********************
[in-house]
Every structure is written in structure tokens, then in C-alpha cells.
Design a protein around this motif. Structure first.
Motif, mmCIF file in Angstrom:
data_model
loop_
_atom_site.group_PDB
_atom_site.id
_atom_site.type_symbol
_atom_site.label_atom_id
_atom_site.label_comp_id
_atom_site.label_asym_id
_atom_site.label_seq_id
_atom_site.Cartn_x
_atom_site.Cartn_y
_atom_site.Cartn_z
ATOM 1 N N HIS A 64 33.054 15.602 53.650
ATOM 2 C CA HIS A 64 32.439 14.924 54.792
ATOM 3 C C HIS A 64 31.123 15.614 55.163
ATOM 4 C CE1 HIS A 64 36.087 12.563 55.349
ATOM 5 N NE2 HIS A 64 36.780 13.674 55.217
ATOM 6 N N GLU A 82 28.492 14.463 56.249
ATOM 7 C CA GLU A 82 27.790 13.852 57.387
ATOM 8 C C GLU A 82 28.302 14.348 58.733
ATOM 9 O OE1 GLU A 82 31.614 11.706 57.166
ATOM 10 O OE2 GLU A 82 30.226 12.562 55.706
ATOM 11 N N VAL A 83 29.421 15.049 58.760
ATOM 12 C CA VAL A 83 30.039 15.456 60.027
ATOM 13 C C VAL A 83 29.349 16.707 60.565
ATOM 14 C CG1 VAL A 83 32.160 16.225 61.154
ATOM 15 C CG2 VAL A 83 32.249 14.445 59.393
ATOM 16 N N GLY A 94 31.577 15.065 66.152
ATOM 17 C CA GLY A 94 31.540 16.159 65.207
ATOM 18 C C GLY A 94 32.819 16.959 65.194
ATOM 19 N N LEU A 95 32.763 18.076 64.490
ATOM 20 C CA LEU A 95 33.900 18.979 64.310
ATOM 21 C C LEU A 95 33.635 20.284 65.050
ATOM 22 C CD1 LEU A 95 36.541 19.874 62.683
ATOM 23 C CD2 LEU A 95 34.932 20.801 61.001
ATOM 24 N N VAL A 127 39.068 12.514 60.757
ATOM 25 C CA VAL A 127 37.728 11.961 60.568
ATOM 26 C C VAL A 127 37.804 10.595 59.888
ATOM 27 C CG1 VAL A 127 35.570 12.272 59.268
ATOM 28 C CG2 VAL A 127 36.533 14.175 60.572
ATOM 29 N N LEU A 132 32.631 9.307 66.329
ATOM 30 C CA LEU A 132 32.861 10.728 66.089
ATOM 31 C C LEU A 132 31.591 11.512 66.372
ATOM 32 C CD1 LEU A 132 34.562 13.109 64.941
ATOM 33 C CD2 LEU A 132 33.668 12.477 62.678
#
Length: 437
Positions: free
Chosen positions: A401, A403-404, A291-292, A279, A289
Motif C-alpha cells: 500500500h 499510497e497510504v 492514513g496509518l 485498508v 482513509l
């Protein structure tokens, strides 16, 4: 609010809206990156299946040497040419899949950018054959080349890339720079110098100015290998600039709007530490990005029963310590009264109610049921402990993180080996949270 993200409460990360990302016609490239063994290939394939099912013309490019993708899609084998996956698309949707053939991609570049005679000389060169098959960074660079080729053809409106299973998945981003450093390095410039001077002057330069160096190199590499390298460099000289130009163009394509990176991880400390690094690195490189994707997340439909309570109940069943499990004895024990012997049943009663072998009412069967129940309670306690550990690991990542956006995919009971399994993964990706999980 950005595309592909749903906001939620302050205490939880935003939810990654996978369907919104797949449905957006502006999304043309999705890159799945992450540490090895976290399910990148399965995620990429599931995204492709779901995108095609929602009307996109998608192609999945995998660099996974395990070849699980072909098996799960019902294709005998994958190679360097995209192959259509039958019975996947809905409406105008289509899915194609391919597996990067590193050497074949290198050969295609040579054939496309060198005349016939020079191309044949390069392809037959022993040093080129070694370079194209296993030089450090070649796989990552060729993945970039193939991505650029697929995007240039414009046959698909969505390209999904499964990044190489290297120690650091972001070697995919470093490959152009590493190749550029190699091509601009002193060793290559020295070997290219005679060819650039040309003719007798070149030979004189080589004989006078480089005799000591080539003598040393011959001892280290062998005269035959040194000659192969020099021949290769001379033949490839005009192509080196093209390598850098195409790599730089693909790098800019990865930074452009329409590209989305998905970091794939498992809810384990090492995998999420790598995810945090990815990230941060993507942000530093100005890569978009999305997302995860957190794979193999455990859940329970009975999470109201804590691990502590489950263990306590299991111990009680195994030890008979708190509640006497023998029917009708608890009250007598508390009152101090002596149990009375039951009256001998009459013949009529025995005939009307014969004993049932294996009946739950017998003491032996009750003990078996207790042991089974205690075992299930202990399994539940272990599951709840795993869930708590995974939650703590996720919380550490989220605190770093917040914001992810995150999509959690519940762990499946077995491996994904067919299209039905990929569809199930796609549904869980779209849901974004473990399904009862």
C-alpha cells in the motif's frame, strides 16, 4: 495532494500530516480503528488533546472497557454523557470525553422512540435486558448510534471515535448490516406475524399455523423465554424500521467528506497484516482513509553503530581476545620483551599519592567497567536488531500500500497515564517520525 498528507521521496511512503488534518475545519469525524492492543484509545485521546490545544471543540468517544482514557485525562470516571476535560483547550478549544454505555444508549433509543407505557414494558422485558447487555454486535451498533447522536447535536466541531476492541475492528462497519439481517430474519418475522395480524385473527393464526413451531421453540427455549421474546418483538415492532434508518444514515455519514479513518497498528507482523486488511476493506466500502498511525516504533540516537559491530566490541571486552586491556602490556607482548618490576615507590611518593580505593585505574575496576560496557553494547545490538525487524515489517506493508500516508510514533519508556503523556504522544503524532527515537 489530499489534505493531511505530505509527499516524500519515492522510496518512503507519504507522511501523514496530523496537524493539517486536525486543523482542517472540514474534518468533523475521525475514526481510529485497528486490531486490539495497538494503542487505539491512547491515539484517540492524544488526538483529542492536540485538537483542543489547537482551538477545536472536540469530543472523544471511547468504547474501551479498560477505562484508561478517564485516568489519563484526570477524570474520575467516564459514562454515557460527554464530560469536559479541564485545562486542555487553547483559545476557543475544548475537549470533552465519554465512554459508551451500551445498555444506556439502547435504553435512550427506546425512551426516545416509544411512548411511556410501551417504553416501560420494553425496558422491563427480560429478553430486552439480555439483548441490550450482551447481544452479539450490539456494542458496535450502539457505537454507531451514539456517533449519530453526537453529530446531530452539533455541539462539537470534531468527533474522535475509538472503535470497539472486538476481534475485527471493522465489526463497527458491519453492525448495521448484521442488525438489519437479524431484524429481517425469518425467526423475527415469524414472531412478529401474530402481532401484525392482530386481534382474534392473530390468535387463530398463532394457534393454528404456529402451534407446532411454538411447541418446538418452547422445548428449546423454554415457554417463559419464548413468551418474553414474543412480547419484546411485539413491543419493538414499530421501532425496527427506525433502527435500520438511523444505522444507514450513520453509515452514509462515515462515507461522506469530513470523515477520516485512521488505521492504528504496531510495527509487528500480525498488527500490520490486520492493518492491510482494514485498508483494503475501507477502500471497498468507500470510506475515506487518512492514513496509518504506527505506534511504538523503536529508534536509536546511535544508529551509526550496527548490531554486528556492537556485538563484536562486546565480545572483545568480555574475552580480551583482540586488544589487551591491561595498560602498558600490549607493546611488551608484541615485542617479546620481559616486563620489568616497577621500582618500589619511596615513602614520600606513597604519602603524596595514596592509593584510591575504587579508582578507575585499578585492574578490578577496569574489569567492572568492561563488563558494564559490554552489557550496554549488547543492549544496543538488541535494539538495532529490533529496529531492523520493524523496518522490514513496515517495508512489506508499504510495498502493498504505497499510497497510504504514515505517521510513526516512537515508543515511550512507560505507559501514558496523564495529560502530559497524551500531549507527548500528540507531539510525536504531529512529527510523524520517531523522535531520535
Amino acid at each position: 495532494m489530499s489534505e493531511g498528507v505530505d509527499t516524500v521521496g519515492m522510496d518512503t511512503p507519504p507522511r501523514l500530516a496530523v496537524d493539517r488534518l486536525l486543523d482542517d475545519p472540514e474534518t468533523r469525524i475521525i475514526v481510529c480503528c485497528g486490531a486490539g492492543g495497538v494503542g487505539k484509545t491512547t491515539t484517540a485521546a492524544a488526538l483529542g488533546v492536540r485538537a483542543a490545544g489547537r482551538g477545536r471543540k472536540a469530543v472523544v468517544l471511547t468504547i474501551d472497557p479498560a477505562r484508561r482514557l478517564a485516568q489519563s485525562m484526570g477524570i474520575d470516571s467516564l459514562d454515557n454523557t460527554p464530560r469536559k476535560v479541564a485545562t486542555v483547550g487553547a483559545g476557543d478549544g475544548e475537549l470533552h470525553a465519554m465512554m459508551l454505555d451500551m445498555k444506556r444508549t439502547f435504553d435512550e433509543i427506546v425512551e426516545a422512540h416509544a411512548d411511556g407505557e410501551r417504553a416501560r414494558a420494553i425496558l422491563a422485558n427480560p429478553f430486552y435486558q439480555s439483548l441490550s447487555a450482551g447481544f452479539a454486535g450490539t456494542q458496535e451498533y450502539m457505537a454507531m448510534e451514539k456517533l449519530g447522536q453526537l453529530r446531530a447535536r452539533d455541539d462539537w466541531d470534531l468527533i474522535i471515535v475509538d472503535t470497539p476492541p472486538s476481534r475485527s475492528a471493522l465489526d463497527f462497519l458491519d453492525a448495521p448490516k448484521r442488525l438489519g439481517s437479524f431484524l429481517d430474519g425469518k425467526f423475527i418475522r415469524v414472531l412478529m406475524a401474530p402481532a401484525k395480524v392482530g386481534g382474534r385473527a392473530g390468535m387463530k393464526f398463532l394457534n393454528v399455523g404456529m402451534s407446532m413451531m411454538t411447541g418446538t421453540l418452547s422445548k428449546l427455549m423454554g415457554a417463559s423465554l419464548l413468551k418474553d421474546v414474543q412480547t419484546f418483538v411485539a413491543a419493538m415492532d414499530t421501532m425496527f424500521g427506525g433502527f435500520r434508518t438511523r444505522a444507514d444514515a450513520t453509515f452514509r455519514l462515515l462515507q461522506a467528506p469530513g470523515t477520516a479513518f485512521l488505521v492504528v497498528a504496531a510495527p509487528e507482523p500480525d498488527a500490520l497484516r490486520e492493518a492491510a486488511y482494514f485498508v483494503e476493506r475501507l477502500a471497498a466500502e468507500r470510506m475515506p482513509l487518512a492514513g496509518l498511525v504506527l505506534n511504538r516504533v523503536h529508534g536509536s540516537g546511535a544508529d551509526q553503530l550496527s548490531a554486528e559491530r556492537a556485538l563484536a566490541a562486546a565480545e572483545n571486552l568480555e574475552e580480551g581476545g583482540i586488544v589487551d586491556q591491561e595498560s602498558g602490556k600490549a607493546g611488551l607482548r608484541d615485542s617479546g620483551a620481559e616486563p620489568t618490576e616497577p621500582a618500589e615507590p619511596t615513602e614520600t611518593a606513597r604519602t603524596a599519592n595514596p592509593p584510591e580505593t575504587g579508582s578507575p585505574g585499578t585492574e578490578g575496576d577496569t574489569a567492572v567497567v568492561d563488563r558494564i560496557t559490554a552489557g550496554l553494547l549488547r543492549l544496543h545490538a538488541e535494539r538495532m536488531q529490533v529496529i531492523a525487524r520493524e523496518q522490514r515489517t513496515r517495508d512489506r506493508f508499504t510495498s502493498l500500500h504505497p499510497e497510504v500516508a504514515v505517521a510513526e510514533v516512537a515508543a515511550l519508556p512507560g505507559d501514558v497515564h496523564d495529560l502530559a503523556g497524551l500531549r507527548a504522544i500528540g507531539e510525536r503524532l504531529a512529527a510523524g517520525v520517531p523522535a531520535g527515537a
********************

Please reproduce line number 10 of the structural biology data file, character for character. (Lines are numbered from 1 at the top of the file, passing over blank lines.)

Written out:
_atom_site.label_atom_id